30 Oct

Reforms to Youth Justice Laws Brings Qld in Line With UN Convention

Youth Justice Reforms

Teenager under arrestQueensland’s 17 year old offenders are the only youths in the Country being sentenced outside the youth justice system.

By treating 17 year olds as adults in the criminal justice system, Queensland has been inconsistent not only with the rest of the country, but also in breach the United Nations Convention on the Rights of the Child.

Under proposed youth justice reforms, 17 year olds are to be considered children.  It is anticipated that all children under the age of 18 year will proceed through the Youth Justice System.  The proposed reforms are hoped to reduce the rate of recidivism by diverting the youths from the Adult system and providing assistance.


It is well recognised amongst stakeholders that the youth justice system provides:

  1. Greater capacity for offenders to be diverted away from the Court system;
  2. Access to age appropriate education, training and programs;
  3. Age appropriate support and supervision in custody;
  4. Reduced access to the influence of adult offenders; and
  5. The benefit of sentencing principles with prioritise support and rehabilitation in the community.

Children who do not have their basic health and welfare needs being met are at a greater risk of re-offending.  Youth require greater levels of education, training and engagement in employment if they are to avoid the statistics of returning to custody. The youth justice system is better suited to meeting these needs.

Amendment to Youth Justice Act

On 15 September 2016, the Attorney General, Ms D’Ath introduced the Youth Justice and Other Legislation (inclusion of 17 year old Persons) Amendment Bill 2016.  The purpose of the Bill is to recognise that 17 year olds are youths and not adults.  Importantly 17 year olds are to be included in the upper age of a ‘child’ for the purposes of the Youth Justice Act.  The definition of a ‘child’ will now include a person under the age of 18 years.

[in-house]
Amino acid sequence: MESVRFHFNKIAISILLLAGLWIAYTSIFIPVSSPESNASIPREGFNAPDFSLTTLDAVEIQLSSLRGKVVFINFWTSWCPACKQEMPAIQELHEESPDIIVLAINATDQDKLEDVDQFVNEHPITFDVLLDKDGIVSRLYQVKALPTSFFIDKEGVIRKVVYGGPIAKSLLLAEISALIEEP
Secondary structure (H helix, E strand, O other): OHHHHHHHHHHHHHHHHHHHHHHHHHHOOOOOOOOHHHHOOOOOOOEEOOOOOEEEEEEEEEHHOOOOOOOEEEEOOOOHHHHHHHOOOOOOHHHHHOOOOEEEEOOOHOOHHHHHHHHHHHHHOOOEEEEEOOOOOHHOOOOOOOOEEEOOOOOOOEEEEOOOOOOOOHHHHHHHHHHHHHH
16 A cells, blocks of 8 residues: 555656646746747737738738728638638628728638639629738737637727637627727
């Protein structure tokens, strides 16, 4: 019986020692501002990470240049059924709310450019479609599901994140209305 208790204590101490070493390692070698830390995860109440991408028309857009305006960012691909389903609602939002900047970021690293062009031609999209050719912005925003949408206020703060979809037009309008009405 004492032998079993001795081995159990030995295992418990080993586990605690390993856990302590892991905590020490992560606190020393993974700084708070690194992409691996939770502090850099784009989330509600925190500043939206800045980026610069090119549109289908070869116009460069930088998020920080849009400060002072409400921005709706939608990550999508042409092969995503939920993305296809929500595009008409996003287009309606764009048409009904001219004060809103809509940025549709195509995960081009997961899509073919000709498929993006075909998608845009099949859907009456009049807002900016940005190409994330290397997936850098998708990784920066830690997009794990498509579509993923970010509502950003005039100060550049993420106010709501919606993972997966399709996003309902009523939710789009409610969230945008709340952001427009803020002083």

The Bill will commence by proclamation 12 months after passage.  The delay is to account for the need to ensure that necessary planning is undertaken to facilitate a safe and proper transition.


It is envisaged that there will be broadly three categories of youth that the amendment will apply to:

  1. 17 year old charged after proclamation;
  2. 17 year olds subject to current proceedings; and
  3. 17 year olds currently serving a custodial sentence.

17 year olds yet to be charged

This group will be treated as a child for the purpose of the Act.  The traditional application of part 6, division 11 of the Act will continue to govern the principles where a juvenile offender turns 18 prior to the commencement of proceedings.

17 year olds subject to current proceedings

The Bill proposes that the Court will have a discretion as to how to deal with those who are turning 18 close the finalisation of their sentence. The new subsection 390(3) will provide a broad power for a court to make an order or give a direction of ensure that any unanticipated scenarios can be dealt with appropriately.

17 year olds service a sentence

The Bill does not interfere with Sentence Orders made prior to commencement.  It will however, provide for the administration of those orders as 17 year olds in the Youth Justice System rather than the adult system.

If a 17 year old was sentenced to an adult probation order, that order would continue. The supervision of the Order would however be administered as though it were a Youth Justice Probation Order.

Similarly, a 17 year old, sentenced to imprisonment would serve that term of imprisonment in a youth detention centre.  The detention would be subject to the relevant provisions of the Youth Justice Act.  The youth would be released on a Supervised Release Order in place of Parole and/or would transition to an adult corrective services facility on reaching a certain age.

Further Reading

Click here to read more about the Inclusion of 17- year-old Persons Amendment Bill 2016


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